Heat as a service: evidence needs and research gaps

28 Jan 2021

Update January 2021: A journal paper and report based on this workshop have now been published. Access the paper here: Exploring the potential of heat as a service in decarbonization: Evidence needs and research gaps, and the report is available here.

This workshop report and paper identify Heat-as-a-Service (HaaS) evidence needs and research gaps related to addressing issues of trust between consumers and suppliers, developing supportive policies, financing business models, and openness and interoperability of technology and data. Based on the findings, we propose policy and research recommendations to better understand the role of HaaS business models in decarbonisation. In particular, we highlight how uncertainties around consumer preferences, building performance, and policy frameworks, could limit HaaS uptake. We emphasise the need for improved dialogue amongst government, industry, academia, and consumers regarding business model innovation and the scope for cross-country learning in relation to service-based approaches to heat decarbonisation.

Background to Heat as a Service (HaaS)

The need to accelerate the decarbonisation of heating, as well as the rise of the ‘smart home’, mean that there is an increasing focus on the role of innovative consumer offerings in driving the shift to zero carbon domestic heating. In the context of these agendas, Heat as a Service (HaaS) models which provide customers with an agreed heating plan, rather than simply providing units of fuel are receiving increased attention, and are perceived as having potential to support a step change in the rate of heat decarbonisation.

Project Aims

The aim of this project* is to explore the evidence needs of key stakeholders around the impacts of, and barriers to, offering heat as a service. Accordingly, we organised a workshop on 16th September in London, to facilitate face-to-face networking and knowledge-sharing between stakeholders, and help them network with other research organisations. We gathered 40 participants from academic, industry, civil society, and government sectors to discuss Heat as a Service and its potential as an energy delivery model.

Workshop – viability of HaaS models & the data

The workshop was divided into three sessions. In the first session we had speakers from Energy System Catapult, Bristol Energy, Citizens Advice, UKERC Heat Network, and EPSRC, discussing the smart system heat programme, the trial experience, consumer issues, and providing an overview of UKRI’s heat decarbonisation priorities.

Questions raised in this session were mainly in relation to the viability of HaaS models for different customer segments, data collection and data interoperability issues and the role of policy in making HaaS models commercial. Speakers responded by saying these are key challenge and the ESC and Bristol Energy are considering this in their ongoing work.

Ambitions and opportunities for HaaS

The second session was a facilitated discussion session. Participants were divided into groups, focusing on what work is already happening in relation to HaaS, and what are the ambitions and opportunities for HaaS? What are the barriers and knowledge gap? And how might we overcome the barriers and knowledge gap identified in the earlier discussions?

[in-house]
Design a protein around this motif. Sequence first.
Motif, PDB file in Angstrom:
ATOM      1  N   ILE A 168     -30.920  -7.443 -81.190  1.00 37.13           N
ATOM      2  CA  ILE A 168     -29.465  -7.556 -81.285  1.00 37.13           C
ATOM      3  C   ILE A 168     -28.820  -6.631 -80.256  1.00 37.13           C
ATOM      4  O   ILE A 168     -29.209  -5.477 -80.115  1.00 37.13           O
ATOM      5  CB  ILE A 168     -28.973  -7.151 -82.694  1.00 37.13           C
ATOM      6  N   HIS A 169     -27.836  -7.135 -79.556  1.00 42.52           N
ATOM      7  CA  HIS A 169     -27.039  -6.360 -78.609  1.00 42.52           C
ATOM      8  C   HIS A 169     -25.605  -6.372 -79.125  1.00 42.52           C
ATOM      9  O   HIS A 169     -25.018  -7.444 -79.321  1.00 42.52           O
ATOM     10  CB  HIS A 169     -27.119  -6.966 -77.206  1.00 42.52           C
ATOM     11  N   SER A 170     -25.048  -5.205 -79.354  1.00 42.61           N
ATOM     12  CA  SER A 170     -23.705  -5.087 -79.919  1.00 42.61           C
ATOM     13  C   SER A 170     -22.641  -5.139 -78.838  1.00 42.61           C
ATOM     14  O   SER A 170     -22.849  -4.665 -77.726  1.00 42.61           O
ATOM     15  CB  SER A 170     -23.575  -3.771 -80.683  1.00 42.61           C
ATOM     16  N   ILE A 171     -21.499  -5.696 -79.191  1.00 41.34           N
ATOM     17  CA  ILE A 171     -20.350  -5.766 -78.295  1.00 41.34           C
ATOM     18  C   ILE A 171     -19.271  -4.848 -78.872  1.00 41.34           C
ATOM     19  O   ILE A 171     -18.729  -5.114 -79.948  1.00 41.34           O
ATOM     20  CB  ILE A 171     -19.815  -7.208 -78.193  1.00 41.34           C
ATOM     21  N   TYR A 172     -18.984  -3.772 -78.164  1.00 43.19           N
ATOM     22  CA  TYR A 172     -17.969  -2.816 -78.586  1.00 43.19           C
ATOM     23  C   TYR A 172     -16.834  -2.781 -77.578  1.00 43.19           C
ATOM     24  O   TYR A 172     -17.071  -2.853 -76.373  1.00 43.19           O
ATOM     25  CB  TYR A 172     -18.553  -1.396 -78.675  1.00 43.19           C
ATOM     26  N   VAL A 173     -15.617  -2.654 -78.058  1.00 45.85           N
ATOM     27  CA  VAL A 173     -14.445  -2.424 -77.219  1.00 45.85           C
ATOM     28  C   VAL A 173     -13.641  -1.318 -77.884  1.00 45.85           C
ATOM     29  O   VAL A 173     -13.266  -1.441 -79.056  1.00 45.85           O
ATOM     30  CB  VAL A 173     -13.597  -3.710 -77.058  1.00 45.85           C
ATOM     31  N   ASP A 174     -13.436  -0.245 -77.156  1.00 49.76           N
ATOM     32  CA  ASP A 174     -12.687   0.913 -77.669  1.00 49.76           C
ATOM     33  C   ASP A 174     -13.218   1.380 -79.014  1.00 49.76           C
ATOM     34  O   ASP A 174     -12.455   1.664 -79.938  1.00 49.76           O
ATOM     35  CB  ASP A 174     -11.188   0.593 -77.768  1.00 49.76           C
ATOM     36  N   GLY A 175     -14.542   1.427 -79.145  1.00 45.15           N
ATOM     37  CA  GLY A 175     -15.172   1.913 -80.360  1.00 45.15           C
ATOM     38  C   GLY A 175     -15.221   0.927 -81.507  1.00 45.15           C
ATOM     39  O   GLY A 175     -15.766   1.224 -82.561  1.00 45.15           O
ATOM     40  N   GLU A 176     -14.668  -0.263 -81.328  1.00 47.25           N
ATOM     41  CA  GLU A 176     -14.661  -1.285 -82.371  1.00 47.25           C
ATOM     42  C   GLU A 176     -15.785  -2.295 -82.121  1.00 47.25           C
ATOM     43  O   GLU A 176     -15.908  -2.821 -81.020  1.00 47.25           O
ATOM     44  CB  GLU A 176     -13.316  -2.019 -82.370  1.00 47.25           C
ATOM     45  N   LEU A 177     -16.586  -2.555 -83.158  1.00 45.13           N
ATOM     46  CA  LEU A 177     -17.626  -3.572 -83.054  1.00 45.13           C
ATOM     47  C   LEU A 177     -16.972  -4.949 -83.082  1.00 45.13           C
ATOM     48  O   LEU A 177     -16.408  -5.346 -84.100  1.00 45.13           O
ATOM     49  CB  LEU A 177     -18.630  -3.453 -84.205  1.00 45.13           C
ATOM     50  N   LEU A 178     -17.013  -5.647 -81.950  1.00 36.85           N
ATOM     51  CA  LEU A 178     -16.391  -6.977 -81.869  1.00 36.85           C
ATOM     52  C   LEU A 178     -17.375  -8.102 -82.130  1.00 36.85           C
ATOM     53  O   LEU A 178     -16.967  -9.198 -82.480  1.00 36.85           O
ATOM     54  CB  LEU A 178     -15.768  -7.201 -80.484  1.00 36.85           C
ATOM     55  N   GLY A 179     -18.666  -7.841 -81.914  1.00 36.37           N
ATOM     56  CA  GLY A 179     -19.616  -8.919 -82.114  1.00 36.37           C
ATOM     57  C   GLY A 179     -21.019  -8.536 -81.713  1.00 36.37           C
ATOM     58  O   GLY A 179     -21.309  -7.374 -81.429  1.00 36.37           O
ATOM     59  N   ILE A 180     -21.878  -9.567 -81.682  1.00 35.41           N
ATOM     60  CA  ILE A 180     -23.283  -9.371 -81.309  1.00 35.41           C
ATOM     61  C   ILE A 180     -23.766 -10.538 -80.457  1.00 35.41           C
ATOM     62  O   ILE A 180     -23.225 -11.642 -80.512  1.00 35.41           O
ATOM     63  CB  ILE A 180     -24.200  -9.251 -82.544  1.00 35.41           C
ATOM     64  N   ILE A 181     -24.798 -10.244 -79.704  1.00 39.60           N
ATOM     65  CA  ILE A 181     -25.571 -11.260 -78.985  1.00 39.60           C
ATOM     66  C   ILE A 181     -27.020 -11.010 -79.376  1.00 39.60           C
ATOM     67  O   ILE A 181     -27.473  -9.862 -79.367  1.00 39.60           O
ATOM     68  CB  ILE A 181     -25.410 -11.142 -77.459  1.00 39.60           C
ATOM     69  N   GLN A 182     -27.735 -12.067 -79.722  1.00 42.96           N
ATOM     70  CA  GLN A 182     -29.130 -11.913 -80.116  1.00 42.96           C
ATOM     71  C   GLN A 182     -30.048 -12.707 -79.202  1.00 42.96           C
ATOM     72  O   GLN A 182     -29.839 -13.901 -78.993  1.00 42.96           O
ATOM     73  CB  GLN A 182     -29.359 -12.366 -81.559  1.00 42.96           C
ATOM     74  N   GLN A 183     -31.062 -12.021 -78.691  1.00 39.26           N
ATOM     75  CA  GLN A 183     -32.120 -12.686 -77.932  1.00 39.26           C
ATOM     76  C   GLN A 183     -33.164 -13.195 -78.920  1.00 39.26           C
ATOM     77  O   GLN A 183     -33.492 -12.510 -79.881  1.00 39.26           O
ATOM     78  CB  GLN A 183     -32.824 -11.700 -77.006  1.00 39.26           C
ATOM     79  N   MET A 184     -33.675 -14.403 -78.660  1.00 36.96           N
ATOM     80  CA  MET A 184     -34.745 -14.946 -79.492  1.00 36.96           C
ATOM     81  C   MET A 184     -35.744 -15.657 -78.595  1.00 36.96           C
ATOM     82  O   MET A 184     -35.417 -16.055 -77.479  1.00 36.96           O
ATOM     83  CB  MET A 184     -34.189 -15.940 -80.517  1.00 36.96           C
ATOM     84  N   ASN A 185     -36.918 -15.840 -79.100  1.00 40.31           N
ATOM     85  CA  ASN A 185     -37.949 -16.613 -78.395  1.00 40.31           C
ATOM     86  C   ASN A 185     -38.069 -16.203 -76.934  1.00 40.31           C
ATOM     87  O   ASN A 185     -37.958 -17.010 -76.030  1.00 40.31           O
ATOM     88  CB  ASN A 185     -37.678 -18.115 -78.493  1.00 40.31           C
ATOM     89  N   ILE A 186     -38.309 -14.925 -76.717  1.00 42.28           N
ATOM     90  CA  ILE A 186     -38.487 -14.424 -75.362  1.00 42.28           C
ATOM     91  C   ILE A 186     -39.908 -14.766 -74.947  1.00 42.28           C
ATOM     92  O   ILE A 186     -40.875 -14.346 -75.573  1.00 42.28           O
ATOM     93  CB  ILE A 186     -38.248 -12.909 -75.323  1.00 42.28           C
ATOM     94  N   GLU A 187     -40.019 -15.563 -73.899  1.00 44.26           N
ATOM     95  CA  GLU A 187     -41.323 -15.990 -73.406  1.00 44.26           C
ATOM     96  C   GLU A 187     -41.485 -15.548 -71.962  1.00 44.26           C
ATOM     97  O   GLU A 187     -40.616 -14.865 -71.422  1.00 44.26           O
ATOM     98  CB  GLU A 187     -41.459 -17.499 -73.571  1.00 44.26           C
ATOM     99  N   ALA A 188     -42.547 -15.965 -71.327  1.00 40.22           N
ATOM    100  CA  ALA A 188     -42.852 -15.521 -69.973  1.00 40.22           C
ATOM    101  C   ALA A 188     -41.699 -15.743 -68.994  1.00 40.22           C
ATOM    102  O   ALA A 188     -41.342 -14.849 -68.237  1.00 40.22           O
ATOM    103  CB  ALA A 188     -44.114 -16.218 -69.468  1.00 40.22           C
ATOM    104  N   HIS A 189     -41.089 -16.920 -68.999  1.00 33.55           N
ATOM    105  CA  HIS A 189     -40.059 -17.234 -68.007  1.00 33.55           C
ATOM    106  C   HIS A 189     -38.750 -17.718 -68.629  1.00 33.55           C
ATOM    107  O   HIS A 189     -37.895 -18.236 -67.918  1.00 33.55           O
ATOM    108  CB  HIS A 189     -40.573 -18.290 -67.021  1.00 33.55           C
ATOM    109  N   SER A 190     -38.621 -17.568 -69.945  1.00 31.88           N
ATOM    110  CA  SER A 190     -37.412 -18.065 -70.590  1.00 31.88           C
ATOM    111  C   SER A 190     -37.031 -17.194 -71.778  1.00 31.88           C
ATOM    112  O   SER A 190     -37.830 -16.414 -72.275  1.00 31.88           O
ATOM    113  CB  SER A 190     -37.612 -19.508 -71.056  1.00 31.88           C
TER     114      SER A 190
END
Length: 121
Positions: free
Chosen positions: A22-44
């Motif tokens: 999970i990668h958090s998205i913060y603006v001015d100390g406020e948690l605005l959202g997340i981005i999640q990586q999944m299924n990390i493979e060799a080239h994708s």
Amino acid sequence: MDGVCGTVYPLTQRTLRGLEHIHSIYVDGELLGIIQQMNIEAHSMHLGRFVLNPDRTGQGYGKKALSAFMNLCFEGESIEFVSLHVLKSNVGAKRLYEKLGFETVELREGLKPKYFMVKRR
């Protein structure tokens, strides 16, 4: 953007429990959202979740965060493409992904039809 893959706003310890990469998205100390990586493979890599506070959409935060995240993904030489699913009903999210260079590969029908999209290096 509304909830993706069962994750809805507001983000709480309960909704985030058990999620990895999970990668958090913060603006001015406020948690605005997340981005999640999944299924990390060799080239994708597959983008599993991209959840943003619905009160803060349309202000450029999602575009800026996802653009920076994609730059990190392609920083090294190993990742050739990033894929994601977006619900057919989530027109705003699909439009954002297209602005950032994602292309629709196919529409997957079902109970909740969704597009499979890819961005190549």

In relation to the HaaS models for different customer segments, it was highlighted that granular segmentation of customer types is very important, as is a close relationship with each customer to ensure information provision and choice is clear. There seems to be an underlying trust issue between customers and energy providers and HaaS can help overcome that.

Pitching ideas for HaaS

The third session was a Dragon’s Den activity, in which participants worked in groups to develop their ideas about a new HaaS research project. They were asked to develop a 1-minute ‘elevator pitch’ describing their proposed project, and then voted on their favourite project developed by other groups using bundles of imitation money.

In relation to the role of policy in making HaaS models commercial, the answer was: modelling risks across consumer propositions is challenging and varies widely depending on the segmentation of customer groups. There are challenges relating to tenure, length of contract, asset ownership, data/money flows and policy needs to recognise the need for both consumer and asset protection measures.


To conclude, we have identified a number of challenges and opportunities for HaaS. We have also considered if Heat as a Service is a viable solution to decarbonise heat in the UK. Some of these challenges include lack of proven market, lack of skills and capacity, lack of finance for transition to enabling technology, and finally lack of strong policy. We will shortly release a report detailing the current state of knowledge and research gaps.


  • Dr Zoya Pourmirza, Newcastle University
  • Dr Jess Britton, University of Exeter
  • Dr Angela Minas, The University of Manchester
  • Dr Catarina Marques, London South Bank University
  • Dr Sarah Royston, Anglia Ruskin University

* This project is part of IVUGER (Increasing Visibility of Underrepresented Groups in Energy Research) funded by UKERC Whole Systems Networking Fund.

See the full paper here.